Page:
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How I Founded a Startup September 20, 2015

Posted by GuySoft in open source, Startup.
4 comments
ShapeDo logo

ShapeDo logo

Hey all,

It’s my 29th birthday this week, and that sorta made me realise no one really knows what I have been doing the past 18 months, so I thought it’s time to tell you how I founded a company. Unlike the tutorials and guides I wrote here, I am not sure this would work for everyone, but it did work for me.

The Idea

I have started one of my biggest and ambitious projects yet, after collaborating with people around the world bringing OctoPi to the world, I realised that something was missing from the scene of 3D design – a decent version control and collaboration tools.

This was the initial idea, as you will see things played out differently, but what was important with this idea was contagious, I got the feeling everyone I told about it wanted to join me, it was wonderful.

Assembling the team

My talent is mostly in the core backed stuff, so I found myself going to one of the more talented web developers I know for help, my co-worker at Zend, Amit. It started by asking him javascript questions. When he realized what I was doing, he started helping me out, and he was fast, suddenly in days my core stuff was accessible to the world with a simple and elegant interface. At that time we thought this is going to be a nice open source project, not something commercial, but as the server load grew on Amit’s little server we understood we needed some way to pay its bills, so I started to look for someone that would help me figure out how to sustain this financially. Since our idea was “github for 3D printing”, it seemed like there should be a way to support it, perhaps charge for closed-source projects.

I’ve been going around the Makerspaces in Tel-Aviv, mostly XLN and T.A.M.I, in some random workshop I came across someone who said “You should write an executive summary, I don’t mind helping you out”. I didn’t even know what an executive summary was at the time, and today it makes me realise how much I learned about fundraising during this year. I later found his name was Ari and he was between companies. We set to meet at Google Campus and write it since we both went to some ecology hackathon that was going on there.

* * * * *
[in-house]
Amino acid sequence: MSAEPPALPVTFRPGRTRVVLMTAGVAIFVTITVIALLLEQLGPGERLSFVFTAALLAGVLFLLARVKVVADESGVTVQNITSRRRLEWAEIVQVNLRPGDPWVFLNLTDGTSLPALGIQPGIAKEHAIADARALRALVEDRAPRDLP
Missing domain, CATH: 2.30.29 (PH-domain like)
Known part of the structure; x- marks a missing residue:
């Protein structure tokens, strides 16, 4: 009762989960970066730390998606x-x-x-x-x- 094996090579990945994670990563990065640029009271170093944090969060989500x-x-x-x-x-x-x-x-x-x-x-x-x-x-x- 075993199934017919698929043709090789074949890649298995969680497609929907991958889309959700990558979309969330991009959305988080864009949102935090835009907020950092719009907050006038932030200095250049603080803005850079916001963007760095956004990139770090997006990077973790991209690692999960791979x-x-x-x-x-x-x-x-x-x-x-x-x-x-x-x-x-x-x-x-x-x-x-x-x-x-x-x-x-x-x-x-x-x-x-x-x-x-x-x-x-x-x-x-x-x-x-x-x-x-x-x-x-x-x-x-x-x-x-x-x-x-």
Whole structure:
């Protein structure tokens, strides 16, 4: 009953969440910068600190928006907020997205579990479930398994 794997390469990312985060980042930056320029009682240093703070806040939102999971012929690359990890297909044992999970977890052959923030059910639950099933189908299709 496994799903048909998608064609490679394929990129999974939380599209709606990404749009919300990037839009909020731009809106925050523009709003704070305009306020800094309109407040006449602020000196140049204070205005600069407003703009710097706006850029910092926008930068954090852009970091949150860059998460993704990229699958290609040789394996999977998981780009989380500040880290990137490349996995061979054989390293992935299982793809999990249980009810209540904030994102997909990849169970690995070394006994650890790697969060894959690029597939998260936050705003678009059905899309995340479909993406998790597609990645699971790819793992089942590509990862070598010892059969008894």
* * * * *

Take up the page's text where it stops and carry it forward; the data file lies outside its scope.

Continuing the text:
We ended up drunk from exhaustion and pizza, scooting on chairs at the space and we also had a draft. As we wrote it, the idea spread to Ari, and he realized he that he wanted to join. I introduced him to Amit. It took a while to put our trust in Ari, less time than we expected, and today I know ShapeDo would not have reached anything without Ari’s help. Eventually we wrote a few basic agreements on paper and Ari made sure we register a company, ShapeDo was born.

The Pivot

We worked on a new site for 3D printing and launched, we got coverage on 3D printing industry, and the user base grew, but people were not really using the collaboration features. It turns out most people 3D printing share are simple one person designs in one afternoon projects. However, what is special about the 3D printing industry is that there is no 3D CAD tool that was built for it. So you end up meeting designers from mechanical engineering, gamers, architects, programmers and any discipline that has a 3D design program that can export the printable files. We (everything eventually becomes “we”) found that everyone wanted this kind of tool in their workplace, while in 3D printing was not as urgently needed.
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